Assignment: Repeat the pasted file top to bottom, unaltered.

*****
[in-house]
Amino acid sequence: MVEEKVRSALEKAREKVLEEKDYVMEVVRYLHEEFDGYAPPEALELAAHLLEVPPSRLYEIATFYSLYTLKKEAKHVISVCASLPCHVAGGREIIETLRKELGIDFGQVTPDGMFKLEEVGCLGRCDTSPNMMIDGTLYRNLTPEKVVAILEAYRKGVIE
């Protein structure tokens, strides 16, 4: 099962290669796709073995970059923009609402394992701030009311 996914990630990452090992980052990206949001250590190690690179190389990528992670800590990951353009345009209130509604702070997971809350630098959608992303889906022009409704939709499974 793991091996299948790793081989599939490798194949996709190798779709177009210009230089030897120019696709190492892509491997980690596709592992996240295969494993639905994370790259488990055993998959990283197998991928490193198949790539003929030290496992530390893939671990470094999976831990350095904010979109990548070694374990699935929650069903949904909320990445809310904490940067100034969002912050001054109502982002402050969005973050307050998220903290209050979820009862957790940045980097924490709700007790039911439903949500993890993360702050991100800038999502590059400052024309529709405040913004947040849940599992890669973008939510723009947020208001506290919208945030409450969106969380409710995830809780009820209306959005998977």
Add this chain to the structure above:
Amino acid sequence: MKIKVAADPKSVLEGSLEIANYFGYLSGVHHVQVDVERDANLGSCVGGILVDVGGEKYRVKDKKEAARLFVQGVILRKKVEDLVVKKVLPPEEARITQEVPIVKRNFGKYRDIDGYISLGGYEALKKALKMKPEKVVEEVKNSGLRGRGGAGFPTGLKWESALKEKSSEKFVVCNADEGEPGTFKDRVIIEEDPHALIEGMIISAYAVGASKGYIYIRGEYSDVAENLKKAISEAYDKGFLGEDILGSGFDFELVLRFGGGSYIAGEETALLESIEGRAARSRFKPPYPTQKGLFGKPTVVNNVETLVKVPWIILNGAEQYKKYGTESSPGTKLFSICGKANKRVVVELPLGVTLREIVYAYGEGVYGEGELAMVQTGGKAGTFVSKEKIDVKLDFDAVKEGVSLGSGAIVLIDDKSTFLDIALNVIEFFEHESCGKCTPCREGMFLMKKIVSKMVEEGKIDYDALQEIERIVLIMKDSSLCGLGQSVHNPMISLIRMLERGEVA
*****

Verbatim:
[in-house]
Amino acid sequence: MVEEKVRSALEKAREKVLEEKDYVMEVVRYLHEEFDGYAPPEALELAAHLLEVPPSRLYEIATFYSLYTLKKEAKHVISVCASLPCHVAGGREIIETLRKELGIDFGQVTPDGMFKLEEVGCLGRCDTSPNMMIDGTLYRNLTPEKVVAILEAYRKGVIE
């Protein structure tokens, strides 16, 4: 099962290669796709073995970059923009609402394992701030009311 996914990630990452090992980052990206949001250590190690690179190389990528992670800590990951353009345009209130509604702070997971809350630098959608992303889906022009409704939709499974 793991091996299948790793081989599939490798194949996709190798779709177009210009230089030897120019696709190492892509491997980690596709592992996240295969494993639905994370790259488990055993998959990283197998991928490193198949790539003929030290496992530390893939671990470094999976831990350095904010979109990548070694374990699935929650069903949904909320990445809310904490940067100034969002912050001054109502982002402050969005973050307050998220903290209050979820009862957790940045980097924490709700007790039911439903949500993890993360702050991100800038999502590059400052024309529709405040913004947040849940599992890669973008939510723009947020208001506290919208945030409450969106969380409710995830809780009820209306959005998977």
Add this chain to the structure above:
Amino acid sequence: MKIKVAADPKSVLEGSLEIANYFGYLSGVHHVQVDVERDANLGSCVGGILVDVGGEKYRVKDKKEAARLFVQGVILRKKVEDLVVKKVLPPEEARITQEVPIVKRNFGKYRDIDGYISLGGYEALKKALKMKPEKVVEEVKNSGLRGRGGAGFPTGLKWESALKEKSSEKFVVCNADEGEPGTFKDRVIIEEDPHALIEGMIISAYAVGASKGYIYIRGEYSDVAENLKKAISEAYDKGFLGEDILGSGFDFELVLRFGGGSYIAGEETALLESIEGRAARSRFKPPYPTQKGLFGKPTVVNNVETLVKVPWIILNGAEQYKKYGTESSPGTKLFSICGKANKRVVVELPLGVTLREIVYAYGEGVYGEGELAMVQTGGKAGTFVSKEKIDVKLDFDAVKEGVSLGSGAIVLIDDKSTFLDIALNVIEFFEHESCGKCTPCREGMFLMKKIVSKMVEEGKIDYDALQEIERIVLIMKDSSLCGLGQSVHNPMISLIRMLERGEVA